The art scene already have so many people and galleries who know the price of everything, but the value of nothing. I think this main-garde could be one example of Hou Hanru’s ‘third way’.

I once watched a man climbing a ladder. It was my friend Luo Fei, the humble.

I find some common traits among the best interviewers. Knowledge is important, but it is not enough. Among journalists, at least in the West, you sometimes find their ego obscuring the person or the topic they want to portray or explore. You need humility. Luo Fei has that. You will find he has been a contributor to art books, exhibition texts, articles and so on. But he always takes the back seat. Very often this humility has helped him in bringing forward the persons he is writing about.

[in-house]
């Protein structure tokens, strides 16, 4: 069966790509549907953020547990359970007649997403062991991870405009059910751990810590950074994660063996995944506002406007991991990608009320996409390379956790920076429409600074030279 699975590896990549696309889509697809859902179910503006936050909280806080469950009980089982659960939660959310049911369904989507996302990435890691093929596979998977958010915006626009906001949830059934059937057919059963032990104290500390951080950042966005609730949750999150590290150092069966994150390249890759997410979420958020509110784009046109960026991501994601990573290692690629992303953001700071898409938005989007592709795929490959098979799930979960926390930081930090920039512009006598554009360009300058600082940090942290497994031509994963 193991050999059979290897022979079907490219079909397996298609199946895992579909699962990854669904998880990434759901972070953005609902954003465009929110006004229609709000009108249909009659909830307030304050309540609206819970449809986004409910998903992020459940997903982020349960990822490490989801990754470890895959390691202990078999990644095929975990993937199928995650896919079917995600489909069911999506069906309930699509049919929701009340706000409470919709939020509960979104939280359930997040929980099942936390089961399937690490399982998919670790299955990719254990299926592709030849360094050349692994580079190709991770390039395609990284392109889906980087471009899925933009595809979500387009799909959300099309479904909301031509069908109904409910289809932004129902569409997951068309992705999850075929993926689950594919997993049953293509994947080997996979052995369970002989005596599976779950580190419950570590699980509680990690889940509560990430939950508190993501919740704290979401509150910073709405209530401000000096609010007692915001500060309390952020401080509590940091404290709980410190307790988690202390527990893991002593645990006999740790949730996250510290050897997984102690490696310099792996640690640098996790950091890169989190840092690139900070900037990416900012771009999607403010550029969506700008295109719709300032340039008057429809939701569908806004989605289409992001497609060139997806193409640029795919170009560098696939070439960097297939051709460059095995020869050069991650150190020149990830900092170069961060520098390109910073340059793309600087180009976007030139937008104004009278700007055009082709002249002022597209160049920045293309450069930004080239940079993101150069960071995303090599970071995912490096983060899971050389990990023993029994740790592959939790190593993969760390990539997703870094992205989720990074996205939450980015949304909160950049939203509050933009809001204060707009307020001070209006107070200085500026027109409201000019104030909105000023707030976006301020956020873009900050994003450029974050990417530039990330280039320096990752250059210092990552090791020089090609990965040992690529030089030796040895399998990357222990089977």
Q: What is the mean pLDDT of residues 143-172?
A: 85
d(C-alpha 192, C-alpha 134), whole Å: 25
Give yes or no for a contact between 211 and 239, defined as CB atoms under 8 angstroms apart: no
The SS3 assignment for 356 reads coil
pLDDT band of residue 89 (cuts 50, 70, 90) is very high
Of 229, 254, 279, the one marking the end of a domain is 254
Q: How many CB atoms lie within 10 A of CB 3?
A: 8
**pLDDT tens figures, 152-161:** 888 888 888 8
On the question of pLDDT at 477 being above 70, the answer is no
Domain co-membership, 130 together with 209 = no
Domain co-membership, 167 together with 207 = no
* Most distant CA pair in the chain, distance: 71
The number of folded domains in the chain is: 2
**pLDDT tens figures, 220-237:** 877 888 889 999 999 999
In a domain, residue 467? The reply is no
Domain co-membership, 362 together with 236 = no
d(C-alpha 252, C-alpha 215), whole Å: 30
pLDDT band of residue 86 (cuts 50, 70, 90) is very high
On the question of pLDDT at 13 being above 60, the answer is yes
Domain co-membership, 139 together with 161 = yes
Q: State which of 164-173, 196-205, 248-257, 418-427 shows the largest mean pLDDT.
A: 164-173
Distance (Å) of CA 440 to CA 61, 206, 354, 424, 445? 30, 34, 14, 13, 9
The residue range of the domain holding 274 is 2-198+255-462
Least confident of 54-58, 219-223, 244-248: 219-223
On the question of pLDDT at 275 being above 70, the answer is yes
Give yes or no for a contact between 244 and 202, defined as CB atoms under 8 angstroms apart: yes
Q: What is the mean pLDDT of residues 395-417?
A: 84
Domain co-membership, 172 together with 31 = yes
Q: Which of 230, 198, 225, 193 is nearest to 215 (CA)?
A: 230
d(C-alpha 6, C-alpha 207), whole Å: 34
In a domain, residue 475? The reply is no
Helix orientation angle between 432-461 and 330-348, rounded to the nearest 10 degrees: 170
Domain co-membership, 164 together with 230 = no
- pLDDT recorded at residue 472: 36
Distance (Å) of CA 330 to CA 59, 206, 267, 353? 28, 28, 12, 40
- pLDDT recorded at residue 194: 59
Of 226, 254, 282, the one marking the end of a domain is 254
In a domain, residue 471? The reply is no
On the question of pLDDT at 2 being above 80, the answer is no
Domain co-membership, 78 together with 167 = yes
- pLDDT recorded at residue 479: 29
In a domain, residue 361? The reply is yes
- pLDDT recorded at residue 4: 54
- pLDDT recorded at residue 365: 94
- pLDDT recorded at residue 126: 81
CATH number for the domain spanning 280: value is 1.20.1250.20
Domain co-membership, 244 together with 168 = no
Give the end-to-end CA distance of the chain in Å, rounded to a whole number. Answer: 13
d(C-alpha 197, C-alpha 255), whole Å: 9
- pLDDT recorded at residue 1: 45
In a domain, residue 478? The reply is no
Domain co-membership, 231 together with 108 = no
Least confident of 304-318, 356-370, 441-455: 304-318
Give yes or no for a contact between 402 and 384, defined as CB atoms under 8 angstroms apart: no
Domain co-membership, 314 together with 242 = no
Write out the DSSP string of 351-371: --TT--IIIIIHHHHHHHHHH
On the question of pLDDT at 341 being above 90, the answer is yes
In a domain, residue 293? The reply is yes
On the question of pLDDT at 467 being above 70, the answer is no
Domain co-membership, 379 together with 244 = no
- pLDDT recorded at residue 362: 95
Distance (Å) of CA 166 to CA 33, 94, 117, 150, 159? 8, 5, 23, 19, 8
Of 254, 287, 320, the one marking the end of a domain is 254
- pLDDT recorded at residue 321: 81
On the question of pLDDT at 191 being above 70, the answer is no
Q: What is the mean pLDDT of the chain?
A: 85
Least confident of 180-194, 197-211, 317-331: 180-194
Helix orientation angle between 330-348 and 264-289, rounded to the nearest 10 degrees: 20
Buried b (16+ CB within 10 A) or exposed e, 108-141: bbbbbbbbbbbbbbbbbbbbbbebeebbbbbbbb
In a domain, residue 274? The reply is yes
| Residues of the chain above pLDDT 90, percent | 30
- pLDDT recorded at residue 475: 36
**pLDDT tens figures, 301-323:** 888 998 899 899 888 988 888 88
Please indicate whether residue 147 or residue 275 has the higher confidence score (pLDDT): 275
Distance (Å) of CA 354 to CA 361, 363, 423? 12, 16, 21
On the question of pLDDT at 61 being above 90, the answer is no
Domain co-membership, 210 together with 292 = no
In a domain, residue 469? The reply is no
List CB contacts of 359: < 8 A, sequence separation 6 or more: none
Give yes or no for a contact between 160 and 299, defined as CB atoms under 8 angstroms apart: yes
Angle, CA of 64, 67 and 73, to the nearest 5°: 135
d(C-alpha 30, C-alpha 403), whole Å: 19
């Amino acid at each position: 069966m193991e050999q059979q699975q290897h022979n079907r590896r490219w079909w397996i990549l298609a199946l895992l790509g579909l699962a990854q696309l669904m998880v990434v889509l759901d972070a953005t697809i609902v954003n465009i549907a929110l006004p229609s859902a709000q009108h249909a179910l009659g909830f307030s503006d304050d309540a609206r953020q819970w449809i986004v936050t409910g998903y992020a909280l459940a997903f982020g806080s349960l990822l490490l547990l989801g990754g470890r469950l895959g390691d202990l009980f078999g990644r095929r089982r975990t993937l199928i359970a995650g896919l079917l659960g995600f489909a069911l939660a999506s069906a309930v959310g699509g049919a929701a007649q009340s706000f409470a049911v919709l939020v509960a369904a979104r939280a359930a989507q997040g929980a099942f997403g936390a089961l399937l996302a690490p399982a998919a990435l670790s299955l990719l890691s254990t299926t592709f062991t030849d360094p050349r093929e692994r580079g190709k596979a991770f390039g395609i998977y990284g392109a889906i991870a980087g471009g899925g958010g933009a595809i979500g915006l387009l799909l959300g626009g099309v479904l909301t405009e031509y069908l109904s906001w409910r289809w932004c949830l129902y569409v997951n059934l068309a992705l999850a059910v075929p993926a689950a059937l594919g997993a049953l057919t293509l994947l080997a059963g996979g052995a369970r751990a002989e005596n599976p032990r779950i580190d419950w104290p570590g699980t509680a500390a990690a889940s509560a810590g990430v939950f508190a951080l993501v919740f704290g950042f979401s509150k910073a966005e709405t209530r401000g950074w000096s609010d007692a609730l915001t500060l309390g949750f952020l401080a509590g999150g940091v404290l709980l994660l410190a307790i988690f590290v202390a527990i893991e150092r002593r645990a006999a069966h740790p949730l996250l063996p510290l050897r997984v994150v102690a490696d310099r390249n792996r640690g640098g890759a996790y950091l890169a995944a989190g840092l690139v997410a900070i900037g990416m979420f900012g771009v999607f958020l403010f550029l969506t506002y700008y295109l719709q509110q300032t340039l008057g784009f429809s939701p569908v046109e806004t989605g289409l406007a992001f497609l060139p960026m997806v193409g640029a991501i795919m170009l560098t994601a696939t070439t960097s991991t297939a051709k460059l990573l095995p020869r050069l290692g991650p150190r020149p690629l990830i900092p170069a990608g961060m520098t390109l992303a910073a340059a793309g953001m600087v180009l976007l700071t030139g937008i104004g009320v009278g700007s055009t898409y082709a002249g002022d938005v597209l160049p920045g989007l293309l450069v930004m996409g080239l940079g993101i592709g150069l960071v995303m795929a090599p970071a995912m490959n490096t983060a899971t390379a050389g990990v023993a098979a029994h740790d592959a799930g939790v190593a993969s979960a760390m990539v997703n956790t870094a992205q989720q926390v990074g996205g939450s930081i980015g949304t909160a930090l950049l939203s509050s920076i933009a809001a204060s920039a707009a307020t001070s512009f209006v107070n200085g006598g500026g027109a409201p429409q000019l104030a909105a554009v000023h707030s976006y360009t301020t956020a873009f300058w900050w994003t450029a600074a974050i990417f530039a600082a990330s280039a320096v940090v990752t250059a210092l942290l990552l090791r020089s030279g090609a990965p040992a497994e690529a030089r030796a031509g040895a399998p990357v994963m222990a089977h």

Which brings us back to the performance ‘The Black Spot’. In my interpretation ‘The Black Spot’ ends with humility and with a warning. The character for light, ‘guang’, that Luo Fei wrote after having reached the spotlight, finally covered the whole paper black. As if saying: Even though you think you’ve found the light — or exactly because of it — you may end up fumbling in the dark. Either blinded by the light, or by your own ego, or by something else. This is your black spot.
In spite of these hazards, man’s duty is to carry on climbing. Luo Fei is contributing in his own way, by climbing the ladder with both his feet kept firmly on the ground.